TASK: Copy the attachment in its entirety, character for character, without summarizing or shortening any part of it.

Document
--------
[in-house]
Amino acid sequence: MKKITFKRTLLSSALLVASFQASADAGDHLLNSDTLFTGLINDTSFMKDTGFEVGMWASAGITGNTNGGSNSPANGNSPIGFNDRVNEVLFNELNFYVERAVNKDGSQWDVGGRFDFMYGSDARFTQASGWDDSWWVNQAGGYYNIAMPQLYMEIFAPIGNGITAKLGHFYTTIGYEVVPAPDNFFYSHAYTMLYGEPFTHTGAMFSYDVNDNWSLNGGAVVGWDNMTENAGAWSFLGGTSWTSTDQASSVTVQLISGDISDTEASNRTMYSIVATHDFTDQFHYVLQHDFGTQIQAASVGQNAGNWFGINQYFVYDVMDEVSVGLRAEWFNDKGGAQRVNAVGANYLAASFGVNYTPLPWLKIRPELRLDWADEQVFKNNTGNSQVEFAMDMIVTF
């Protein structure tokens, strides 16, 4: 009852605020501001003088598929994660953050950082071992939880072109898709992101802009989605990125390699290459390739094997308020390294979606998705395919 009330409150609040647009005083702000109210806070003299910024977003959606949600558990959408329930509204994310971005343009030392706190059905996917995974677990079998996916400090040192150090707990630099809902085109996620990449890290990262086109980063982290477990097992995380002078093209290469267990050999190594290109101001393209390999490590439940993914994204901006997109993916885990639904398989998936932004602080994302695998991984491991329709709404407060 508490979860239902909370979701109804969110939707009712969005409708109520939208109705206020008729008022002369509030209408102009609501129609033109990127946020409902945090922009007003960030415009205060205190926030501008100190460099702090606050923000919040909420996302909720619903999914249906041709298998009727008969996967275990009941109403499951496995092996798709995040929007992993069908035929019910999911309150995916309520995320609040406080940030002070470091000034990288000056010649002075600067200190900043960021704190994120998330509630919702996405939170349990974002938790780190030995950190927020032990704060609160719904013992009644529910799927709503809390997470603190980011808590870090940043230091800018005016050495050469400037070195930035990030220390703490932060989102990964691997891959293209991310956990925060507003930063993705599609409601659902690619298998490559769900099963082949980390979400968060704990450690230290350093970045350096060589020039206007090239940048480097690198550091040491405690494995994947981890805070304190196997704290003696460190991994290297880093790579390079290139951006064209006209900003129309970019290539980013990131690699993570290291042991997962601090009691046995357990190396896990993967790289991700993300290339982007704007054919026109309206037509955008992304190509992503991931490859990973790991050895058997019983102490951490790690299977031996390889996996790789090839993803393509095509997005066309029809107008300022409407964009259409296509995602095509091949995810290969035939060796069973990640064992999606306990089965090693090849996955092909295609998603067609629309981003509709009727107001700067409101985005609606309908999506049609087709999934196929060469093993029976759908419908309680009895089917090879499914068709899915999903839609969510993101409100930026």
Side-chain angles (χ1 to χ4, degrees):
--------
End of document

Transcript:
[in-house]
Amino acid sequence: MKKITFKRTLLSSALLVASFQASADAGDHLLNSDTLFTGLINDTSFMKDTGFEVGMWASAGITGNTNGGSNSPANGNSPIGFNDRVNEVLFNELNFYVERAVNKDGSQWDVGGRFDFMYGSDARFTQASGWDDSWWVNQAGGYYNIAMPQLYMEIFAPIGNGITAKLGHFYTTIGYEVVPAPDNFFYSHAYTMLYGEPFTHTGAMFSYDVNDNWSLNGGAVVGWDNMTENAGAWSFLGGTSWTSTDQASSVTVQLISGDISDTEASNRTMYSIVATHDFTDQFHYVLQHDFGTQIQAASVGQNAGNWFGINQYFVYDVMDEVSVGLRAEWFNDKGGAQRVNAVGANYLAASFGVNYTPLPWLKIRPELRLDWADEQVFKNNTGNSQVEFAMDMIVTF
């Protein structure tokens, strides 16, 4: 009852605020501001003088598929994660953050950082071992939880072109898709992101802009989605990125390699290459390739094997308020390294979606998705395919 009330409150609040647009005083702000109210806070003299910024977003959606949600558990959408329930509204994310971005343009030392706190059905996917995974677990079998996916400090040192150090707990630099809902085109996620990449890290990262086109980063982290477990097992995380002078093209290469267990050999190594290109101001393209390999490590439940993914994204901006997109993916885990639904398989998936932004602080994302695998991984491991329709709404407060 508490979860239902909370979701109804969110939707009712969005409708109520939208109705206020008729008022002369509030209408102009609501129609033109990127946020409902945090922009007003960030415009205060205190926030501008100190460099702090606050923000919040909420996302909720619903999914249906041709298998009727008969996967275990009941109403499951496995092996798709995040929007992993069908035929019910999911309150995916309520995320609040406080940030002070470091000034990288000056010649002075600067200190900043960021704190994120998330509630919702996405939170349990974002938790780190030995950190927020032990704060609160719904013992009644529910799927709503809390997470603190980011808590870090940043230091800018005016050495050469400037070195930035990030220390703490932060989102990964691997891959293209991310956990925060507003930063993705599609409601659902690619298998490559769900099963082949980390979400968060704990450690230290350093970045350096060589020039206007090239940048480097690198550091040491405690494995994947981890805070304190196997704290003696460190991994290297880093790579390079290139951006064209006209900003129309970019290539980013990131690699993570290291042991997962601090009691046995357990190396896990993967790289991700993300290339982007704007054919026109309206037509955008992304190509992503991931490859990973790991050895058997019983102490951490790690299977031996390889996996790789090839993803393509095509997005066309029809107008300022409407964009259409296509995602095509091949995810290969035939060796069973990640064992999606306990089965090693090849996955092909295609998603067609629309981003509709009727107001700067409101985005609606309908999506049609087709999934196929060469093993029976759908419908309680009895089917090879499914068709899915999903839609969510993101409100930026």
Side-chain angles (χ1 to χ4, degrees):